Friday, February 6, 2009

I am so pathetic

This is a sad sad thing.

Most people get excited about going out to a cinema, or going out for a fabulous meal (although the Man just informed me that he has read of a place in BCN that does great burgers...that would be cool).


I am ALL excited about the Catalan class I just went to.

This was not one of the serious ones that actually aims toward some kind of certificate, it is offered here in town, and is mostly aimed at all the people who never learned to write Catalan at school.

There are many many of them. (That Franco thing).

Today we studied the apostrophe. I TOLD you I was pathetic. I was so excited.

Now the apostrophe, you would think would be a fairly straight forward little number. In English it is reasonably managable, barring some issues with the whole its/it's thing, and the whole Santa Claus' issue with possessives.

I am hear to assure you, ladies and gentlemen, that we English speakers have NO problems when it comes to apostrophes.


You see, in Catalan, there is a system

First, you have to decide whether the word is eligible for an apostrophe, it must start with an a, e, i, o, u, or h...or an s if it is an imported word that hasn't been Catalanised and is pronounced like estop rather than stop.

IF it qualifies, you then need to decide if it is masculine or feminine. This is the single most difficult step for non-native speakers and is the place where I mess up HORRIBLY.

If it is masculine, things are apostrophise it. Period. That's it.

If it is feminine however, things get more complicated. A, e, and o can all be apostrophised, and h can as well, IF the following letter is an a,e or an o, and the h is silent. You see imported words like 'hippy' and 'hardware' are not Catalanised, and so are pronounced with the Spanish *slightly horking* h, and they cannot be apostrophised.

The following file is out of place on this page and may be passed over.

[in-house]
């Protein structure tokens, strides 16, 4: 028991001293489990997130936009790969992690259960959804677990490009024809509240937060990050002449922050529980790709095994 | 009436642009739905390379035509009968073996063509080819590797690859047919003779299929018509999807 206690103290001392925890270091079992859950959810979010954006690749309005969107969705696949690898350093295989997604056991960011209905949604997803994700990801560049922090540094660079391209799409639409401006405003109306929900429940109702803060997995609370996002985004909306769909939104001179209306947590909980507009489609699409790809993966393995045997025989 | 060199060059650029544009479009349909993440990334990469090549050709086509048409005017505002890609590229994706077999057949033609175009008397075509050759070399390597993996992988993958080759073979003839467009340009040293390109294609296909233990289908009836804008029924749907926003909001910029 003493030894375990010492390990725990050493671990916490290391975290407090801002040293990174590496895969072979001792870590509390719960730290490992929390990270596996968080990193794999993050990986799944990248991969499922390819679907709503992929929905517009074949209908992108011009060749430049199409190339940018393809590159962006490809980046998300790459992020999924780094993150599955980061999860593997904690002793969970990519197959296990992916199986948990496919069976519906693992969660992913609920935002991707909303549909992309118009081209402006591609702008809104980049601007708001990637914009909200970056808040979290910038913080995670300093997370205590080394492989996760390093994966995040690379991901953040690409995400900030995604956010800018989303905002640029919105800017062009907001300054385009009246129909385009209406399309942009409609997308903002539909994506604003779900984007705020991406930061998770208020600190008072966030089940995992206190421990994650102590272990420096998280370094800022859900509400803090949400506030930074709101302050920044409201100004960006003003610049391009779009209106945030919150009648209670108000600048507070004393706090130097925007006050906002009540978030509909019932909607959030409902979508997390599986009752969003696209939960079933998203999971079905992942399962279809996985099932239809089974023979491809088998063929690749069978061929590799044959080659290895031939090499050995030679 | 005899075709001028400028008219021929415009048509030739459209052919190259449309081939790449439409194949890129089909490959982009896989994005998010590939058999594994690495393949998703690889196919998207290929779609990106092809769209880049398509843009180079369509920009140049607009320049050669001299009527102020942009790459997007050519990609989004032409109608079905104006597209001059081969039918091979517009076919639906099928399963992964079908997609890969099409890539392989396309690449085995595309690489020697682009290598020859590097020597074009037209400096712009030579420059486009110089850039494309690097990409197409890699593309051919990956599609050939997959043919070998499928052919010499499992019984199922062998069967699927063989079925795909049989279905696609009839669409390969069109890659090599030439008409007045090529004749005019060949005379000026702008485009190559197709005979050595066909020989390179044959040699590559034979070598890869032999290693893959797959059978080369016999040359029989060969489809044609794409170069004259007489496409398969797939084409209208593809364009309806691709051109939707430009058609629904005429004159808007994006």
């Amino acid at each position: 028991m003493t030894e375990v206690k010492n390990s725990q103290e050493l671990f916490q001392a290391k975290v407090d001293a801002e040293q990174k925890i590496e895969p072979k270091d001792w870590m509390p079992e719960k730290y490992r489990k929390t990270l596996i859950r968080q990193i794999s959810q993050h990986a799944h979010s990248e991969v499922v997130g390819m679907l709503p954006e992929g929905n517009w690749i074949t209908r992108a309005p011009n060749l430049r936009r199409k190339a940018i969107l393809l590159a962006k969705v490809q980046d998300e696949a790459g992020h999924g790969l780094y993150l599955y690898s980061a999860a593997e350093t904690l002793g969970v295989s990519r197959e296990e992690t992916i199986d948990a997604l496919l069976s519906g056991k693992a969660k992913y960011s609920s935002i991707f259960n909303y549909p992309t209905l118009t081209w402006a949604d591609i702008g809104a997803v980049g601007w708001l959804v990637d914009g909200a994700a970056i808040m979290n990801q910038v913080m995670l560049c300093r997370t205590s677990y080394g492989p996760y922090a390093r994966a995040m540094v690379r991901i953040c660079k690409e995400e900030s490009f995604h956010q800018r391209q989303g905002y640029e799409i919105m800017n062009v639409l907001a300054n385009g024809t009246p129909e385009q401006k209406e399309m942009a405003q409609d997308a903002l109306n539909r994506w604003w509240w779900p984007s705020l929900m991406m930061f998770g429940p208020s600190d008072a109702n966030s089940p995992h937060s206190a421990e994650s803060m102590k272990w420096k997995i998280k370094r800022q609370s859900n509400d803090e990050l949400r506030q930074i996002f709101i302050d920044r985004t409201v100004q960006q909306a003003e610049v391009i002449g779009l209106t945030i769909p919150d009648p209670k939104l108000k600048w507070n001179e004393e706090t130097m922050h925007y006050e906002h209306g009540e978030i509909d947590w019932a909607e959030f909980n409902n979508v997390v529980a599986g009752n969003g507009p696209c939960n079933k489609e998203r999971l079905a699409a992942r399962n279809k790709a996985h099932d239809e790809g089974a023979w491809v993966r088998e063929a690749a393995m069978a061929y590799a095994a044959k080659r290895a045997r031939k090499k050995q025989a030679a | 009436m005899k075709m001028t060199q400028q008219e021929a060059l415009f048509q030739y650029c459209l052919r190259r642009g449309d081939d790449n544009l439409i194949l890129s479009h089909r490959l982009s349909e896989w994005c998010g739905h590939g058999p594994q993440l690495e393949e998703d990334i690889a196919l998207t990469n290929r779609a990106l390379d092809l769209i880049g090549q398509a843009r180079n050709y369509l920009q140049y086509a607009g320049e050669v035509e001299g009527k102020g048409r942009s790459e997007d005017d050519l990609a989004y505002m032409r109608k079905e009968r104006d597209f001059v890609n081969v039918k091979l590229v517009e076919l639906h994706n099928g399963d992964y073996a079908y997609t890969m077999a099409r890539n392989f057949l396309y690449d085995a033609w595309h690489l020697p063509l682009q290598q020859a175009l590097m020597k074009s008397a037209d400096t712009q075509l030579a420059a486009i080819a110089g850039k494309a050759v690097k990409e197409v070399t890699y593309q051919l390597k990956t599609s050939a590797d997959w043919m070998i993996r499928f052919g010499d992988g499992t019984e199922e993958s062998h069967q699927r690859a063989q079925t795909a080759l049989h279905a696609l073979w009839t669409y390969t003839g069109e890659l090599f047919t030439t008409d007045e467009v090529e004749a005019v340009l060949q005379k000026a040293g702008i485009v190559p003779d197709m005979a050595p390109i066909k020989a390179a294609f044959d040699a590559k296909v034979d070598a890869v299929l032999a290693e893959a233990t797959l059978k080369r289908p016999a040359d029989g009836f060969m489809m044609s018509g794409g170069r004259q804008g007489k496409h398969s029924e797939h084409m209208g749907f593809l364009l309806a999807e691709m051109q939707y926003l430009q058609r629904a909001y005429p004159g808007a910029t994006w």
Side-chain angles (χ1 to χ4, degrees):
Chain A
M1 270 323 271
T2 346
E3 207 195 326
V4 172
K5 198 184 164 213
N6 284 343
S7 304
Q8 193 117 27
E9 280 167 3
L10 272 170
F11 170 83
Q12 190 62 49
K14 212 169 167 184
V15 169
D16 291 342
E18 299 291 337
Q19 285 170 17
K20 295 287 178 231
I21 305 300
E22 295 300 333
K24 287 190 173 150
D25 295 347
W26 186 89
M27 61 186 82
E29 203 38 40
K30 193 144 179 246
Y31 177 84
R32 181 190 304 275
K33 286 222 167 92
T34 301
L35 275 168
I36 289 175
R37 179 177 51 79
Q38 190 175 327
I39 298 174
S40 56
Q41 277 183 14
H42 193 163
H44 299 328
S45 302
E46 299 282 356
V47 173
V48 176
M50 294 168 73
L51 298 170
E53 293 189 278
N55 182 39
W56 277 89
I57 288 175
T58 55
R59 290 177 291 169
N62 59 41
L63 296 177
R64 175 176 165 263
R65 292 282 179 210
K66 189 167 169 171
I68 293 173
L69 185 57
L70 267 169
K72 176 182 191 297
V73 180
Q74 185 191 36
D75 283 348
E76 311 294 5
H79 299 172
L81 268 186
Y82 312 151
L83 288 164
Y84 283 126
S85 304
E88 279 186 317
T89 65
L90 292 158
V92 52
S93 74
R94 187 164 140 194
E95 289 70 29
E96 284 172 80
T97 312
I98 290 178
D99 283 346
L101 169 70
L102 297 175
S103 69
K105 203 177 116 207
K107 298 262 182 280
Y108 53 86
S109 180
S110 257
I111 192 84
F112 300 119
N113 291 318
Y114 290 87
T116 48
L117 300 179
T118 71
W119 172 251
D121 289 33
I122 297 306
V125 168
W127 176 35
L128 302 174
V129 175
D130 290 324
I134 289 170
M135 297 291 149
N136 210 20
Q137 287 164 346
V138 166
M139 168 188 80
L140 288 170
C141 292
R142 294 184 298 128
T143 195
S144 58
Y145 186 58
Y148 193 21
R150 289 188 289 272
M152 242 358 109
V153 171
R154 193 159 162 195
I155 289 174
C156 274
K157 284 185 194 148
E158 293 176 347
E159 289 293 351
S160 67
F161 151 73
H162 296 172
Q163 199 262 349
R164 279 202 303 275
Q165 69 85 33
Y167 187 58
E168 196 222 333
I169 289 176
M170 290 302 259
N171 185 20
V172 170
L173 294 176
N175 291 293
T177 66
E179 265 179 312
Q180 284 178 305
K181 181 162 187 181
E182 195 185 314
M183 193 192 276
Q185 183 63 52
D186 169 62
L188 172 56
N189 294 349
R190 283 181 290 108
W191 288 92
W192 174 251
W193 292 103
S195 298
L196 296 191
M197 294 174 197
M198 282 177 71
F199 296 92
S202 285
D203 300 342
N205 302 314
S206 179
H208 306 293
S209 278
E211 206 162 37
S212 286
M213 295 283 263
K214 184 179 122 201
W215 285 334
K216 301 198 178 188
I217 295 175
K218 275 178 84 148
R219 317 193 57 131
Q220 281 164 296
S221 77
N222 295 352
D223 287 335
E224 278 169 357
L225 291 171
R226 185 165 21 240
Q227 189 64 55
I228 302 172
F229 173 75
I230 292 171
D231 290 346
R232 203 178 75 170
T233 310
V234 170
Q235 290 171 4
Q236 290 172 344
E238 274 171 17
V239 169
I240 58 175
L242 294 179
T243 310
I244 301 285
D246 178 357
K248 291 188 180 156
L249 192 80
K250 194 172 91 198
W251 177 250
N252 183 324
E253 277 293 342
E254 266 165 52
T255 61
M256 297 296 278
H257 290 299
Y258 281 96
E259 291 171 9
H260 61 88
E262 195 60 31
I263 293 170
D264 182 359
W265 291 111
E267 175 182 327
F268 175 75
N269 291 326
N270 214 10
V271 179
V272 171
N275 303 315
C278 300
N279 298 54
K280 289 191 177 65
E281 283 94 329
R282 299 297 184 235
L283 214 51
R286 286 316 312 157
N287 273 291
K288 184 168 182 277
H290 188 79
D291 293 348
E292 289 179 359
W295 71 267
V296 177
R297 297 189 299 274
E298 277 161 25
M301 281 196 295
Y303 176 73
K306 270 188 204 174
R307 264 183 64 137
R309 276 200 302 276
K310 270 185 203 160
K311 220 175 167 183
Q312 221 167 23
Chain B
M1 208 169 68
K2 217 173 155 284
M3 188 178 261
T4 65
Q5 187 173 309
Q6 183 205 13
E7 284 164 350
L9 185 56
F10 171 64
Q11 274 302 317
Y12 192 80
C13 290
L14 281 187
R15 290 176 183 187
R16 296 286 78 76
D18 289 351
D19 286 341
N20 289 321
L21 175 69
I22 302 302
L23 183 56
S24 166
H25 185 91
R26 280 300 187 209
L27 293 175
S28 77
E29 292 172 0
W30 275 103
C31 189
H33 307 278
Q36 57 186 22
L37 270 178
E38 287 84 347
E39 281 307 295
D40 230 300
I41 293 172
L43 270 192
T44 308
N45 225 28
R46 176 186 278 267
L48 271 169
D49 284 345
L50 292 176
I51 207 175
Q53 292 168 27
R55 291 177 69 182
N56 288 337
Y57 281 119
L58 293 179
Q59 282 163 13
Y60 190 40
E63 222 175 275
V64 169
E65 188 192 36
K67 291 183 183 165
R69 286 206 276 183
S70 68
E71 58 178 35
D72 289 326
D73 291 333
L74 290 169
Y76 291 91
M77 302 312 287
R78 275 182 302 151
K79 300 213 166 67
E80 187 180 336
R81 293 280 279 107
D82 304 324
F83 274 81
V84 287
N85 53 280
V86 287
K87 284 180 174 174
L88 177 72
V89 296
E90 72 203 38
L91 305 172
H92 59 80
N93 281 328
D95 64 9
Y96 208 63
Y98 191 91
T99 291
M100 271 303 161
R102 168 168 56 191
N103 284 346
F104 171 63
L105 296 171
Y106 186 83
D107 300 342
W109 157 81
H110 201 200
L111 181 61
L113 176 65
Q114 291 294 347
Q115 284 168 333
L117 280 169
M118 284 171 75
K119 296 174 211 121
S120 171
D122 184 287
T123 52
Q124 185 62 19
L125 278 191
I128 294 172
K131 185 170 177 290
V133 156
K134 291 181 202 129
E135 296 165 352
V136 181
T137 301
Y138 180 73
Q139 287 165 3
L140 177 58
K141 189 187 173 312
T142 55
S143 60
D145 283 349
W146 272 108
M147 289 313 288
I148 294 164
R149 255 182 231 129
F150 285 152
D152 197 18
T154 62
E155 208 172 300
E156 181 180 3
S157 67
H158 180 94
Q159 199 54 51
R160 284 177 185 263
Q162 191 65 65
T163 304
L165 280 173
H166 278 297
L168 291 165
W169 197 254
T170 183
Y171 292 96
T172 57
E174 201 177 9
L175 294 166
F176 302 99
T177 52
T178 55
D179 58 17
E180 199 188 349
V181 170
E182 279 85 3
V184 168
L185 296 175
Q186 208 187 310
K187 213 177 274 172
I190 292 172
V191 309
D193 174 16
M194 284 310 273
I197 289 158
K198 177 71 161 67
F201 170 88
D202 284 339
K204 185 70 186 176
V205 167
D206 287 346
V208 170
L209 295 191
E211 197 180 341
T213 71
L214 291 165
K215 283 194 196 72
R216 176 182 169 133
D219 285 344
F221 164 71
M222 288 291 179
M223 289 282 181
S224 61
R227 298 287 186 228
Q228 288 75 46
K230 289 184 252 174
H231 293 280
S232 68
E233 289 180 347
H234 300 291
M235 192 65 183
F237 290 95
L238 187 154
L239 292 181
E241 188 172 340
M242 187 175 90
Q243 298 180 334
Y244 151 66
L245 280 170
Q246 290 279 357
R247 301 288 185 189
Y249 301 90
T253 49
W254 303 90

Still with me?

This leaves us with feminine nouns starting with i and u, plus a few stray h's. Now you have to decide if the stress of the word falls on that first vowel or anywhere else in the word. *slightly tricky for those of us with poor pronunciation.*

IF it falls on the that first opening vowel, then go ahead and use the apostrophe.

IF NOT, not. *famous Catalan oath*

Would you like to hear this (semi) famous Catalan oath? It is great, sort of a reward for wading through this grammar.

This was a medieval oath of fealty, you know, one of those feudal things...Henry the Eigth loved them.

"We, who are as good as you, swear to you, who are no better than us, to accept you as our king and sovereign lord, provided you observe all our liberties and laws - but if not, not."

I am not sure Henry "Divorced, beheaded, died" would have been fond of this oath.

They ended the lesson off by saying that apostrophes are easy and straight forward. I guess by that they meant there are some rules to the whole mess. There are also exceptions (of course) I won't get into them here, it might get disheartening.

Let me just finish by saying that it was GREAT.

I am so pathetic.

oh! and for the nosey parkers in the crowd, like me, there are two more bathroom drawers/cupboards to check out, BooksBeth, and Doug both have shots up! Brave and valiant souls. There are also links to all the photos so far.